SI
SI
discoversearch

We've detected that you're using an ad content blocking browser plug-in or feature. Ads provide a critical source of revenue to the continued operation of Silicon Investor.  We ask that you disable ad blocking while on Silicon Investor in the best interests of our community.  For example, here is how to disable FireFox ad content blocking while on Silicon Investor.
Technology Stocks : Investing in Exponential Growth

 Public ReplyPrvt ReplyMark as Last ReadFilePrevious 10Next 10PreviousNext  
From: Paul H. Christiansen4/29/2019 8:55:13 AM
   of 921
 
Bizarre New Materials Could Make Bendy Phones That Work

Just days before its chimeric folding phone was supposed to go on sale, Samsung yanked the Galaxy Fold off the market (for now). Early review units had revealed a number of critical issues—faulty hinges, layers peeling off the display, and screens on the fritz—which turned the $1,980 smartphone dream into a PR nightmare.

Samsung hasn’t yet released a postmortem, but one area of scrutiny will be the screen, which relies on a different combination of materials than standard phones to lend it its folding superpowers. Because, surprise, this stuff is difficult. Bendy phones are only now possible because of fancy new materials, ones that likely don’t have all the kinks worked out yet. Whatever happens with the Galaxy Fold, the desire for bendable screens is leading to some unusual new technologies.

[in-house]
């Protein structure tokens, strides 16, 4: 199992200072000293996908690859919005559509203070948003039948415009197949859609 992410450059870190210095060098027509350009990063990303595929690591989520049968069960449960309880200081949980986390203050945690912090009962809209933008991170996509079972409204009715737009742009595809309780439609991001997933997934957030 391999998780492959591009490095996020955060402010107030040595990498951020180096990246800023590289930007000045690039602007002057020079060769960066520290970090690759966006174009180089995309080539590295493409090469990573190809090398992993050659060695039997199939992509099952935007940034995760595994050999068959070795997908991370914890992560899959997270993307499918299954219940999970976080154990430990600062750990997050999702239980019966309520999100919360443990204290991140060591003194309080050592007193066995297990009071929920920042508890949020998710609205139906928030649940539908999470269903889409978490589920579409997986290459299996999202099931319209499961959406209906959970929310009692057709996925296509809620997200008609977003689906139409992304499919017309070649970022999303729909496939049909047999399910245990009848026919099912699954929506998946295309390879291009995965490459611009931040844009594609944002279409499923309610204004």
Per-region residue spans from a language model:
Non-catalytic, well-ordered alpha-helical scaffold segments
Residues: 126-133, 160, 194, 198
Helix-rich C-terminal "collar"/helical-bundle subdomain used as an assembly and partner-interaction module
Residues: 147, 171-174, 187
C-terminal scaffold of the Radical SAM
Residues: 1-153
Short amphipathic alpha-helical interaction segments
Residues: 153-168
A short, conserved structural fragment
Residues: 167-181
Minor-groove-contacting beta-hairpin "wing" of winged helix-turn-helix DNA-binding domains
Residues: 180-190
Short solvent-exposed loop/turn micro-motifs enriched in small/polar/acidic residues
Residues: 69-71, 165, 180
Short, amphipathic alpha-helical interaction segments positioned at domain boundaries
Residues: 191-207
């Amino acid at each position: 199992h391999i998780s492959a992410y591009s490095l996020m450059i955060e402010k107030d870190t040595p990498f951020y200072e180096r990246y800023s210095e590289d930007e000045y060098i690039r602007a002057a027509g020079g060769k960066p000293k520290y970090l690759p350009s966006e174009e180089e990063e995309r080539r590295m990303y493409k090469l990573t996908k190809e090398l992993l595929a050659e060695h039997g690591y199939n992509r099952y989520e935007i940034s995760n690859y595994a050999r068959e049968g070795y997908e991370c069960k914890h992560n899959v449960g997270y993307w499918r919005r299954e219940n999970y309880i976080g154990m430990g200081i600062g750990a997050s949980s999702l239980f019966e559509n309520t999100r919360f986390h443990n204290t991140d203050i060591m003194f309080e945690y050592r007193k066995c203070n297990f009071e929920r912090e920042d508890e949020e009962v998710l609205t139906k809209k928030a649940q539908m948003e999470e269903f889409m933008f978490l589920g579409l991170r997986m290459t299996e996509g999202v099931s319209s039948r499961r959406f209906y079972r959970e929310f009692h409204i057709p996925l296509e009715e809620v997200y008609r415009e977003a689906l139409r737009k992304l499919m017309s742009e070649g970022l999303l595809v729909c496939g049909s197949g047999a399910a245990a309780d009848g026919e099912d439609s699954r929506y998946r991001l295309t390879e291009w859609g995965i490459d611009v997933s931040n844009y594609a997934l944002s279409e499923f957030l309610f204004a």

One particularly fascinating approach involves metamaterials. It’s a technology that’s already used, for instance, to create laser-reflecting glasses for airline pilots. And you could see metamaterials popping up in a whole lot more applications in the near future, including phones.

“Metamaterials are essentially artificially structured, man-made materials, where instead of using naturally occurring atoms and molecules, we define our own sub-wavelength structures,” says electrical engineer Jonathan Fan, who studies the stuff at Stanford University.

Read More - Wired
Report TOU ViolationShare This Post
 Public ReplyPrvt ReplyMark as Last ReadFilePrevious 10Next 10PreviousNext